Currituck County native Paul DiDario always loved reptiles.
Much to his mother Mary's dismay, he kept several of them in their family home in Corolla until she convinced him to move his reptilian roommates into an old house on Caratoke Highway.
The house built in 1839 was the former mainland location of her Eden Day Spa & Salon. Since July 6, 2017, it has been transformed into a home for pythons, boas, monitors, geckos, tegus and poison dart frogs.
“I always dreamed of opening something like this,” Paul says.
Paul launched OBX Lizard Land with an impressive 25 reptiles. He’s continued to add to his collection by finding cold-blooded creatures on Craig’s List and driving as far as Washington D.C. to pick them up. Some of them were in pretty bad shape, particularly a snake named Mady.
“She was emaciated and I wasn’t sure she was going to make it. I had to help her eat,” Paul says. Little did he know the role Mady would play in his future.
One day, while shopping at a pet store in Virginia, Paul and Mady ran into Andreana "Andi" Hopkins. Andi and Mady had an instant connection, and Paul was ecstatic to find someone to bond with over a love of exotic pets.
"Mady the Matchmaker" saw her two favorite humans marry in October 2018.
When not working as a freelance photographer for real estate companies on the Outer Banks, Andi helps run OBX Lizard Land and is their ‘media guru.’
Over the years, Paul’s expanded his business from simply displaying reptiles, to breeding them. After learning all he could from a breeder friend, OBX Lizard Land recently welcomed their first captivity-bred lizard. He plans on selling the animals they breed in hopes that it deters people from taking reptiles out of their natural habitats.
The facility currently displays 45 reptiles and a couple of amphibians. He feels very fortunate in having an exotic animal vet, Dr. Tony Poutous, of Midway Veterinary Hospital in Chesapeake, less than an hour away. “He’s one of the few exotic animal and avian vets in Virginia,” Paul said.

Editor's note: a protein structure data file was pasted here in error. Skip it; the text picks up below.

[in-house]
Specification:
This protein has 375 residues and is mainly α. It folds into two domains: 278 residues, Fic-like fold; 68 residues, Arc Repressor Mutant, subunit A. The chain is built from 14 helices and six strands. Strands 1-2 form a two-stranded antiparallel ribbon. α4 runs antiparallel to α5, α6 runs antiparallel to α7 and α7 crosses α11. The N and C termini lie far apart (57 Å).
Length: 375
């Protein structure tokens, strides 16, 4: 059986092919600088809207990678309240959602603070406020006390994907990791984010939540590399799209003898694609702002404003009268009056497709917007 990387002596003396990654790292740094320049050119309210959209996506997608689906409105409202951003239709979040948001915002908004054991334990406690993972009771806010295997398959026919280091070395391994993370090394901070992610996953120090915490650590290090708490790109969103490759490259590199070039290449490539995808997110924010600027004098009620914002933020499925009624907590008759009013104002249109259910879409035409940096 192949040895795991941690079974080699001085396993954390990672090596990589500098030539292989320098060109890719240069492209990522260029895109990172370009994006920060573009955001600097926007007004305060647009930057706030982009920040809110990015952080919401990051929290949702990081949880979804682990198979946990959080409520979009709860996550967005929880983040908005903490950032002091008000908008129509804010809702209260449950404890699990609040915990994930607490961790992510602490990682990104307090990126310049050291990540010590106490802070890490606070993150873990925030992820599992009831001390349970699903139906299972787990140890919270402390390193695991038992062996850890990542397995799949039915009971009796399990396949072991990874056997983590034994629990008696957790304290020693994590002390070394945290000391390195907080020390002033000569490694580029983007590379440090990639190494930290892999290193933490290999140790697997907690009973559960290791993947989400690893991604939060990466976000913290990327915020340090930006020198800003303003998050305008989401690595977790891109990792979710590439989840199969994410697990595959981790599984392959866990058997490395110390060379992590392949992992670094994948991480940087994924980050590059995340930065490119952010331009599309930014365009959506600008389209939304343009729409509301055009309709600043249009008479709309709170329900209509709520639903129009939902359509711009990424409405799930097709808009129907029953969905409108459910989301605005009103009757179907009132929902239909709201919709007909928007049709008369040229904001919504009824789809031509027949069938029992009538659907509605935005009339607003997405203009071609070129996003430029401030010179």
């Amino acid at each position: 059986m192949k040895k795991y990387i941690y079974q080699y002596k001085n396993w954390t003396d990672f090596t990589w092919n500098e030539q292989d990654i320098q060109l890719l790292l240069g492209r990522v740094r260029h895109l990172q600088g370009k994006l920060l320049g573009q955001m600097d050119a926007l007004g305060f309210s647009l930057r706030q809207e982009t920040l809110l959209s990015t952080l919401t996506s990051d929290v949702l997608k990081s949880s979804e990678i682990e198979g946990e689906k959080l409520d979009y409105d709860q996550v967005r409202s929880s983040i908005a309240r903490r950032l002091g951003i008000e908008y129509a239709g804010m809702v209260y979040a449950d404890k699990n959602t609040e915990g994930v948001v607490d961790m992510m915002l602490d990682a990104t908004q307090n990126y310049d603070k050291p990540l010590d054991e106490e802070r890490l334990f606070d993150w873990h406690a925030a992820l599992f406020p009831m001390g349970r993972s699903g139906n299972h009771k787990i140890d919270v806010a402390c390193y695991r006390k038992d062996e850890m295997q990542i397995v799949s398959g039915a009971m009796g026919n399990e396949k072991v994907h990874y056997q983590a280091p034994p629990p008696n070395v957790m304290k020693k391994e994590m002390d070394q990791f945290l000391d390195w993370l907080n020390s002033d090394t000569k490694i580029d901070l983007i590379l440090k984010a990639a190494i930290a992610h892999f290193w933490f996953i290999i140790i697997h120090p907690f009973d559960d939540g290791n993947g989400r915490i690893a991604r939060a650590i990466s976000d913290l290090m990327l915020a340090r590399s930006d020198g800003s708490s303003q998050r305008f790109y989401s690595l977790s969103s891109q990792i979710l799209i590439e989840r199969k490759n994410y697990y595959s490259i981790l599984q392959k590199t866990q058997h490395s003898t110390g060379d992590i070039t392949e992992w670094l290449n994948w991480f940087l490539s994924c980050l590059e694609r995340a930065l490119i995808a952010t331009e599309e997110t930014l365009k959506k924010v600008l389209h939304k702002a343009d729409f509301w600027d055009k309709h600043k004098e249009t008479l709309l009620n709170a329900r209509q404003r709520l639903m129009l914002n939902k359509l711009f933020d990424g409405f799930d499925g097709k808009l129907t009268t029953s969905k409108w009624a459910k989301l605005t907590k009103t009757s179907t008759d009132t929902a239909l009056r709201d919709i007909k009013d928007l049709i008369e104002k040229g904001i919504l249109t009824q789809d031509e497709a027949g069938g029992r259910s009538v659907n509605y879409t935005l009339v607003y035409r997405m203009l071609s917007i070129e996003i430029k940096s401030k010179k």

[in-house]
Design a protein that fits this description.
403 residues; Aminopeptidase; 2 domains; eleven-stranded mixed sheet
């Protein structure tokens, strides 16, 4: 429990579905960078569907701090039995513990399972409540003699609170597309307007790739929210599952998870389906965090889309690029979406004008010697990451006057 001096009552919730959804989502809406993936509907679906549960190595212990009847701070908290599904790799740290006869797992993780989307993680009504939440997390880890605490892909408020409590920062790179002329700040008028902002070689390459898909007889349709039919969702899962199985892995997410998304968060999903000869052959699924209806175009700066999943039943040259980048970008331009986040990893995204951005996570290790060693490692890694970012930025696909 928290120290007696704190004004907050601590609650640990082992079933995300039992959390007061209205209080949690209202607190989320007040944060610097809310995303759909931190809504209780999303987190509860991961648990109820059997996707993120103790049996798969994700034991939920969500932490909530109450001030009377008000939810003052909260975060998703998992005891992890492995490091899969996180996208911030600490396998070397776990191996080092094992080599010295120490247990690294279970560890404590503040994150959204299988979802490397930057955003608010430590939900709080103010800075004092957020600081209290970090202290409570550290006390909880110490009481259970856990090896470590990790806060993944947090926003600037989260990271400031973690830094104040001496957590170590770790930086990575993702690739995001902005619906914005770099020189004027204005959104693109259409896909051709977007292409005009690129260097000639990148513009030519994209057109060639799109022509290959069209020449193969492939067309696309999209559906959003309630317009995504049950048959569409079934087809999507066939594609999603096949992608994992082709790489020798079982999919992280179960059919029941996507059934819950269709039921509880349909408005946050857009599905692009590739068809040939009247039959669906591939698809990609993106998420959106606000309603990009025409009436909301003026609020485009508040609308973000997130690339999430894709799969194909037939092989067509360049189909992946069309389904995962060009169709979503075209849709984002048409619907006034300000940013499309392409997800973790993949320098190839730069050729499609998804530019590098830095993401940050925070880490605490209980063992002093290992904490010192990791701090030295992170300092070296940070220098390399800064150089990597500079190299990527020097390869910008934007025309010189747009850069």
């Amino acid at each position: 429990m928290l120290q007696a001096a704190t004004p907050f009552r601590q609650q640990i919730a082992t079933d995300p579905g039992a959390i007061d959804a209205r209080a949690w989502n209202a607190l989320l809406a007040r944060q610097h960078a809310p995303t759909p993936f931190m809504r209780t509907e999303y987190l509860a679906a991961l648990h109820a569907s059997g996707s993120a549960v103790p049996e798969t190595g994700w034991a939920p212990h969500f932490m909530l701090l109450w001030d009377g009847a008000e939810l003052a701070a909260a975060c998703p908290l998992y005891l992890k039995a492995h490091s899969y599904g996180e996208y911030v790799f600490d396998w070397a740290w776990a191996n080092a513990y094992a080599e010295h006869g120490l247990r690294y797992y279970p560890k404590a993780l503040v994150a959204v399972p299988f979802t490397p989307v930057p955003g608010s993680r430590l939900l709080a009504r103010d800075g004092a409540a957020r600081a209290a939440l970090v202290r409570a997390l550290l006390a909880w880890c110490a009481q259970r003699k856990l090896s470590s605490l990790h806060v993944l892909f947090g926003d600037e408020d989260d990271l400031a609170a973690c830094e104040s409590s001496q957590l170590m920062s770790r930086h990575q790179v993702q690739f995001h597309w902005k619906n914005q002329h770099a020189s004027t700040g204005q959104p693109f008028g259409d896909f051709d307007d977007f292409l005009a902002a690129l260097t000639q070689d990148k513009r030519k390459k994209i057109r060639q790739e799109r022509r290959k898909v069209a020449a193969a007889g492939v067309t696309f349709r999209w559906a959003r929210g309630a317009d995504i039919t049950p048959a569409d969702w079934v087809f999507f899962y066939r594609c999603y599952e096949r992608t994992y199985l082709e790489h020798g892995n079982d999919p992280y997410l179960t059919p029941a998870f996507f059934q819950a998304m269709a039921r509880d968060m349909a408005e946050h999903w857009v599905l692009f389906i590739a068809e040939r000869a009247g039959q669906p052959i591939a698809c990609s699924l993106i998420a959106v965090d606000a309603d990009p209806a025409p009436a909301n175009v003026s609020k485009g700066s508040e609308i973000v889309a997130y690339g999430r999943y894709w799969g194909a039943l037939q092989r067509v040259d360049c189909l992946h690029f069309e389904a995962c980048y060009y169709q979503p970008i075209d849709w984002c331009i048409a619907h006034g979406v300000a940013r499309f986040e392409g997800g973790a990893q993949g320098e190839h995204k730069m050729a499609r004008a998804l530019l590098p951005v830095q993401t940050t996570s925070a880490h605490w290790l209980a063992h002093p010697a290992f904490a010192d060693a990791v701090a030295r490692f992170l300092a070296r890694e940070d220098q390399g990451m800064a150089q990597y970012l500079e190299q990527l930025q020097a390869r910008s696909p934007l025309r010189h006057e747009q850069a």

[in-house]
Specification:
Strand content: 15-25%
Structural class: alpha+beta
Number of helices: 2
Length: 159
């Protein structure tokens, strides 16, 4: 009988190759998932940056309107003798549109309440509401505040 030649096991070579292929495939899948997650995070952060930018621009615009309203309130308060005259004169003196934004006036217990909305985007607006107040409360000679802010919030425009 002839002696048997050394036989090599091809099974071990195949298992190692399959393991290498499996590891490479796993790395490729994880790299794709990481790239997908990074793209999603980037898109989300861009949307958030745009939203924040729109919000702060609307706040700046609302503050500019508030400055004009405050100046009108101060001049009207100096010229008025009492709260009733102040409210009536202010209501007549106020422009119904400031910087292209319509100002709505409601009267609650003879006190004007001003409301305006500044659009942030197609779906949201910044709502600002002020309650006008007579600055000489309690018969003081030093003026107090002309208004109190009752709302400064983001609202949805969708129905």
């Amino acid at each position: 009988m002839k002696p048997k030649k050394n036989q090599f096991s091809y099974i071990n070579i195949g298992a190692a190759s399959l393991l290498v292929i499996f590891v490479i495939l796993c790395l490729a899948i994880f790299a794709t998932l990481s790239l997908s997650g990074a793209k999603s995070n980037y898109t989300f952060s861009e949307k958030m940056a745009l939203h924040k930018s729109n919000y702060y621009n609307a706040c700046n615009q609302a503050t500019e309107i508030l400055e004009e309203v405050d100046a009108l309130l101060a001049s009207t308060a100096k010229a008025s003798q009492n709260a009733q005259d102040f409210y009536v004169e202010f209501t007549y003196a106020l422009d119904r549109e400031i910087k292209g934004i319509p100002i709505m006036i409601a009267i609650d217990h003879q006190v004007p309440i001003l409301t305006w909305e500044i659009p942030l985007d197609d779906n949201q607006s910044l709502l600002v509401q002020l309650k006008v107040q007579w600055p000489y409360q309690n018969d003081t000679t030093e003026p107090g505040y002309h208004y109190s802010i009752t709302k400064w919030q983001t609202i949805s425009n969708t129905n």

What does the future hold for OBX Lizard Land? A lot!
Paul and Andi are looking to add almost 3,000 square feet to their property. That way they can give the reptiles larger environments and add to the overall experience.
As the business grows, so does the need for employees. Paul will be adding new staff, perhaps as early as next year.
“A family drove over from Corolla and it took them an hour and twenty minutes to get here," Paul said. "The bridge would double, maybe quadruple, people visiting.”
Once the bridge is done, the ride for those customers will be closer to 30 minutes.
For what started as a hobby in his bedroom, Paul has grown OBX Lizard Land into a full-service discount pet store, zoo, and education center. The majority of his business income comes from admissions to the family-friendly reptarium.
“I sell the animal, the environment, supplies and food for a fraction of what a big box store would cost. People can see if this [owning an exotic pet] is right for them without spending too much.”
On the education side, OBX Lizard Land visits schools, libraries, birthday parties, and other events. Only a select, “human-friendly,” few of his reptiles are available for these excursions.
“I am providing an experience,” Paul says, “It’s working really well.”
OBX Lizard Land recently added t-shirts for sale with their Tegu, Moby featured as the mascot.
All the details about visiting OBX Lizard Land or booking parties, presentations or field trips can be found on their website.
OBX Lizard Land is located at 2815 Caratoke Highway.